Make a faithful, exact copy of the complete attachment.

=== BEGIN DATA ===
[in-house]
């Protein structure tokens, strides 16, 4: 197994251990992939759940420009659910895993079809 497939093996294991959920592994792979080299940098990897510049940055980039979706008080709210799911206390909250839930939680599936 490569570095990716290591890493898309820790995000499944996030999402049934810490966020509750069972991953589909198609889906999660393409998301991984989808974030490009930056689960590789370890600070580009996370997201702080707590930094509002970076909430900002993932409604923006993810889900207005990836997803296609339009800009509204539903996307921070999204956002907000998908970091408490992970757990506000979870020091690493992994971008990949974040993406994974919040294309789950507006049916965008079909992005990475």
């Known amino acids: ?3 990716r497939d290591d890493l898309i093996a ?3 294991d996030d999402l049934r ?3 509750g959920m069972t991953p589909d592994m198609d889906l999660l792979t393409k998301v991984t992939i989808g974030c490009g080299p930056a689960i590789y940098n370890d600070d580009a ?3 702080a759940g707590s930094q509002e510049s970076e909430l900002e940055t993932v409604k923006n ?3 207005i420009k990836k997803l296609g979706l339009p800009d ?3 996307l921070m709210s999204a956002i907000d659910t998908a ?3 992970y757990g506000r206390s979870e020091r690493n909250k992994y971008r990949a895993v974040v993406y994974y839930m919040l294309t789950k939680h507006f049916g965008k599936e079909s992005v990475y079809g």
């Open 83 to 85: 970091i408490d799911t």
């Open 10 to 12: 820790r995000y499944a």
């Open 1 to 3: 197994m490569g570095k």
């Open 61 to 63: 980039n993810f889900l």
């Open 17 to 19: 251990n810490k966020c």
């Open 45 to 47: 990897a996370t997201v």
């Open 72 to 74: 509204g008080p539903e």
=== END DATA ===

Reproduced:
[in-house]
């Protein structure tokens, strides 16, 4: 197994251990992939759940420009659910895993079809 497939093996294991959920592994792979080299940098990897510049940055980039979706008080709210799911206390909250839930939680599936 490569570095990716290591890493898309820790995000499944996030999402049934810490966020509750069972991953589909198609889906999660393409998301991984989808974030490009930056689960590789370890600070580009996370997201702080707590930094509002970076909430900002993932409604923006993810889900207005990836997803296609339009800009509204539903996307921070999204956002907000998908970091408490992970757990506000979870020091690493992994971008990949974040993406994974919040294309789950507006049916965008079909992005990475």
């Known amino acids: ?3 990716r497939d290591d890493l898309i093996a ?3 294991d996030d999402l049934r ?3 509750g959920m069972t991953p589909d592994m198609d889906l999660l792979t393409k998301v991984t992939i989808g974030c490009g080299p930056a689960i590789y940098n370890d600070d580009a ?3 702080a759940g707590s930094q509002e510049s970076e909430l900002e940055t993932v409604k923006n ?3 207005i420009k990836k997803l296609g979706l339009p800009d ?3 996307l921070m709210s999204a956002i907000d659910t998908a ?3 992970y757990g506000r206390s979870e020091r690493n909250k992994y971008r990949a895993v974040v993406y994974y839930m919040l294309t789950k939680h507006f049916g965008k599936e079909s992005v990475y079809g």
């Open 83 to 85: 970091i408490d799911t």
């Open 10 to 12: 820790r995000y499944a």
């Open 1 to 3: 197994m490569g570095k």
């Open 61 to 63: 980039n993810f889900l």
């Open 17 to 19: 251990n810490k966020c």
């Open 45 to 47: 990897a996370t997201v």
């Open 72 to 74: 509204g008080p539903e």